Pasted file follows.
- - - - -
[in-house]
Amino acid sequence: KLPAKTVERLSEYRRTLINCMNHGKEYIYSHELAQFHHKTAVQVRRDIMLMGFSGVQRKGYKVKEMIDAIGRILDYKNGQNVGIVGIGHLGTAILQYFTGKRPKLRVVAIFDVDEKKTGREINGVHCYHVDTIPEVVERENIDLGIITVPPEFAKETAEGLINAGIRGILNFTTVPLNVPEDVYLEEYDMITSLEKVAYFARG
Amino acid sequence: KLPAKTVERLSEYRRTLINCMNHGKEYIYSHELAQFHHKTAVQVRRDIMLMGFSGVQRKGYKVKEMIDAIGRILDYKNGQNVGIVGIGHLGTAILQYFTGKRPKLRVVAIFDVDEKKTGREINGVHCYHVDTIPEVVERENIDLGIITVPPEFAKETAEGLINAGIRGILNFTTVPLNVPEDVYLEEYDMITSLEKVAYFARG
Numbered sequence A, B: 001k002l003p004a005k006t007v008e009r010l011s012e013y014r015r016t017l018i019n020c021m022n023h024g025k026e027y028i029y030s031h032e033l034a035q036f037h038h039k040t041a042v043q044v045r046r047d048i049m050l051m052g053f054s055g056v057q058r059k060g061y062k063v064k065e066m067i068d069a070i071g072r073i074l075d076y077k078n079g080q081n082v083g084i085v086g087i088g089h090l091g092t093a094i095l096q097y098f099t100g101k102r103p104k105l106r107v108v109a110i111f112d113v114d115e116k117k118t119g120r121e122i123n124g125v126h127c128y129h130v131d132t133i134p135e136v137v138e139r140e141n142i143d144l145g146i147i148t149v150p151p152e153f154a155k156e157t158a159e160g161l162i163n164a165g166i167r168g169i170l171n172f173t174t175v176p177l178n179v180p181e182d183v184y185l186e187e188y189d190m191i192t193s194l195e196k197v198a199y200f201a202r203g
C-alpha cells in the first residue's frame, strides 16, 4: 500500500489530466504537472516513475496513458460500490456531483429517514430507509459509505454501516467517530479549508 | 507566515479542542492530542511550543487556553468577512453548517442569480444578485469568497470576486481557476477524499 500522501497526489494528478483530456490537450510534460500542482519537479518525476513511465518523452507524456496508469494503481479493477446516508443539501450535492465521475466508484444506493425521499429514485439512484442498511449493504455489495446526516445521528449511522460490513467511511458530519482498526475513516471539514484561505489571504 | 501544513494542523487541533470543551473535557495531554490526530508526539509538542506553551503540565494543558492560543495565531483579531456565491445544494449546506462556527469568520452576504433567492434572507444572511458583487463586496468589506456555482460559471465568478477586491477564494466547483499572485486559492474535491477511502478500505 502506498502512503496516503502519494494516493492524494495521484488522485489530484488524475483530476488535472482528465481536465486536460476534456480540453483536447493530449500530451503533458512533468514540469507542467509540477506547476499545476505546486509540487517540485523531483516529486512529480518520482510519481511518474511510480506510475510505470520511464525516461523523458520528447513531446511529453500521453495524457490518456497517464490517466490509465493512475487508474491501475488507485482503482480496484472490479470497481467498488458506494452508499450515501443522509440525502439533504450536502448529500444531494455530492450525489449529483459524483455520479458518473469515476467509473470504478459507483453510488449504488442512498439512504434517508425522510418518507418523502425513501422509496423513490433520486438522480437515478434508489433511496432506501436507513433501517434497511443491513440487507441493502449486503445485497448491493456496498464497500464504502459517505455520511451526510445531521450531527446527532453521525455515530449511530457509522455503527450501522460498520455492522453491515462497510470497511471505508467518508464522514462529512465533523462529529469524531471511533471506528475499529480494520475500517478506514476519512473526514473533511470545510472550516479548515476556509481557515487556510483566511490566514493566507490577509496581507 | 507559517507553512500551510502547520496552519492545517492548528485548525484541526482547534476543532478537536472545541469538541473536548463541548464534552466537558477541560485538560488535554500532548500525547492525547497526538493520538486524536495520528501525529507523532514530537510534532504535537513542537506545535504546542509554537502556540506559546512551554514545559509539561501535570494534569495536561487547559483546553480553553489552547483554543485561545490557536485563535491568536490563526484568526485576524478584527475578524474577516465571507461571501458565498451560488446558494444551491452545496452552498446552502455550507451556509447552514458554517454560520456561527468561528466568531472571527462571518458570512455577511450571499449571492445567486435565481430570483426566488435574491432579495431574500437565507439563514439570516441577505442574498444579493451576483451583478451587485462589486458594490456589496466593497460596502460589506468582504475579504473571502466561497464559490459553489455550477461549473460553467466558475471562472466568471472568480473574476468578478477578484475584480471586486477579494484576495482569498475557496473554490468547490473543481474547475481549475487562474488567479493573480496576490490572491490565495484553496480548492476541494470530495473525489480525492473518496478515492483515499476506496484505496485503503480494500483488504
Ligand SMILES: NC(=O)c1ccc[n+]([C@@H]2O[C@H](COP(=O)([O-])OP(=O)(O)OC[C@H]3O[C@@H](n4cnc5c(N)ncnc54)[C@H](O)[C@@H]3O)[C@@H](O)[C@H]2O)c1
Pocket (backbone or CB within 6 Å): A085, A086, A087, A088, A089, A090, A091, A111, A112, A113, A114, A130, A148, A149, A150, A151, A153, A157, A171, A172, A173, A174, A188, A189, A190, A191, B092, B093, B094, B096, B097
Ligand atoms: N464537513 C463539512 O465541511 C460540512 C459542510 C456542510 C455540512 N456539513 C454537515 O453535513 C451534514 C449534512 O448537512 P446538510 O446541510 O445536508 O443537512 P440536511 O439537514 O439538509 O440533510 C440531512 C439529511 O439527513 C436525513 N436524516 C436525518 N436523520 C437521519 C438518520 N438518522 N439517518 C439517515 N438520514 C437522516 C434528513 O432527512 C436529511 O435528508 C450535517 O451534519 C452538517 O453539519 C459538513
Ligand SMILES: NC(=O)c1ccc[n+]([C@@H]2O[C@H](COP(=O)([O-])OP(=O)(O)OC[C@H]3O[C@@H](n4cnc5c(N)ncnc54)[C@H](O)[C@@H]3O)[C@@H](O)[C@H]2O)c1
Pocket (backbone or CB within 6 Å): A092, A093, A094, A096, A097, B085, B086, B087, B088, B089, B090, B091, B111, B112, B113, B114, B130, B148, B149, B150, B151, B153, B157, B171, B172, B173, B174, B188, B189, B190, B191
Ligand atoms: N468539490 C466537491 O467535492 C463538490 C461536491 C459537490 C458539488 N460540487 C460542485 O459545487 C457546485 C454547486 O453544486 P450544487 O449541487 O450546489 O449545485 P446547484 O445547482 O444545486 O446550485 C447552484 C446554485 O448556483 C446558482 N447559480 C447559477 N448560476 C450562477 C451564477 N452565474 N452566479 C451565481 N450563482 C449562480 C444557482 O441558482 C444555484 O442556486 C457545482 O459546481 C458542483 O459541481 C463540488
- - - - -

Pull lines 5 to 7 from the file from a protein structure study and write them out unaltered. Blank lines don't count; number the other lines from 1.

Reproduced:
C-alpha cells in the first residue's frame, strides 16, 4: 500500500489530466504537472516513475496513458460500490456531483429517514430507509459509505454501516467517530479549508 | 507566515479542542492530542511550543487556553468577512453548517442569480444578485469568497470576486481557476477524499 500522501497526489494528478483530456490537450510534460500542482519537479518525476513511465518523452507524456496508469494503481479493477446516508443539501450535492465521475466508484444506493425521499429514485439512484442498511449493504455489495446526516445521528449511522460490513467511511458530519482498526475513516471539514484561505489571504 | 501544513494542523487541533470543551473535557495531554490526530508526539509538542506553551503540565494543558492560543495565531483579531456565491445544494449546506462556527469568520452576504433567492434572507444572511458583487463586496468589506456555482460559471465568478477586491477564494466547483499572485486559492474535491477511502478500505 502506498502512503496516503502519494494516493492524494495521484488522485489530484488524475483530476488535472482528465481536465486536460476534456480540453483536447493530449500530451503533458512533468514540469507542467509540477506547476499545476505546486509540487517540485523531483516529486512529480518520482510519481511518474511510480506510475510505470520511464525516461523523458520528447513531446511529453500521453495524457490518456497517464490517466490509465493512475487508474491501475488507485482503482480496484472490479470497481467498488458506494452508499450515501443522509440525502439533504450536502448529500444531494455530492450525489449529483459524483455520479458518473469515476467509473470504478459507483453510488449504488442512498439512504434517508425522510418518507418523502425513501422509496423513490433520486438522480437515478434508489433511496432506501436507513433501517434497511443491513440487507441493502449486503445485497448491493456496498464497500464504502459517505455520511451526510445531521450531527446527532453521525455515530449511530457509522455503527450501522460498520455492522453491515462497510470497511471505508467518508464522514462529512465533523462529529469524531471511533471506528475499529480494520475500517478506514476519512473526514473533511470545510472550516479548515476556509481557515487556510483566511490566514493566507490577509496581507 | 507559517507553512500551510502547520496552519492545517492548528485548525484541526482547534476543532478537536472545541469538541473536548463541548464534552466537558477541560485538560488535554500532548500525547492525547497526538493520538486524536495520528501525529507523532514530537510534532504535537513542537506545535504546542509554537502556540506559546512551554514545559509539561501535570494534569495536561487547559483546553480553553489552547483554543485561545490557536485563535491568536490563526484568526485576524478584527475578524474577516465571507461571501458565498451560488446558494444551491452545496452552498446552502455550507451556509447552514458554517454560520456561527468561528466568531472571527462571518458570512455577511450571499449571492445567486435565481430570483426566488435574491432579495431574500437565507439563514439570516441577505442574498444579493451576483451583478451587485462589486458594490456589496466593497460596502460589506468582504475579504473571502466561497464559490459553489455550477461549473460553467466558475471562472466568471472568480473574476468578478477578484475584480471586486477579494484576495482569498475557496473554490468547490473543481474547475481549475487562474488567479493573480496576490490572491490565495484553496480548492476541494470530495473525489480525492473518496478515492483515499476506496484505496485503503480494500483488504
Ligand SMILES: NC(=O)c1ccc[n+]([C@@H]2O[C@H](COP(=O)([O-])OP(=O)(O)OC[C@H]3O[C@@H](n4cnc5c(N)ncnc54)[C@H](O)[C@@H]3O)[C@@H](O)[C@H]2O)c1
Pocket (backbone or CB within 6 Å): A085, A086, A087, A088, A089, A090, A091, A111, A112, A113, A114, A130, A148, A149, A150, A151, A153, A157, A171, A172, A173, A174, A188, A189, A190, A191, B092, B093, B094, B096, B097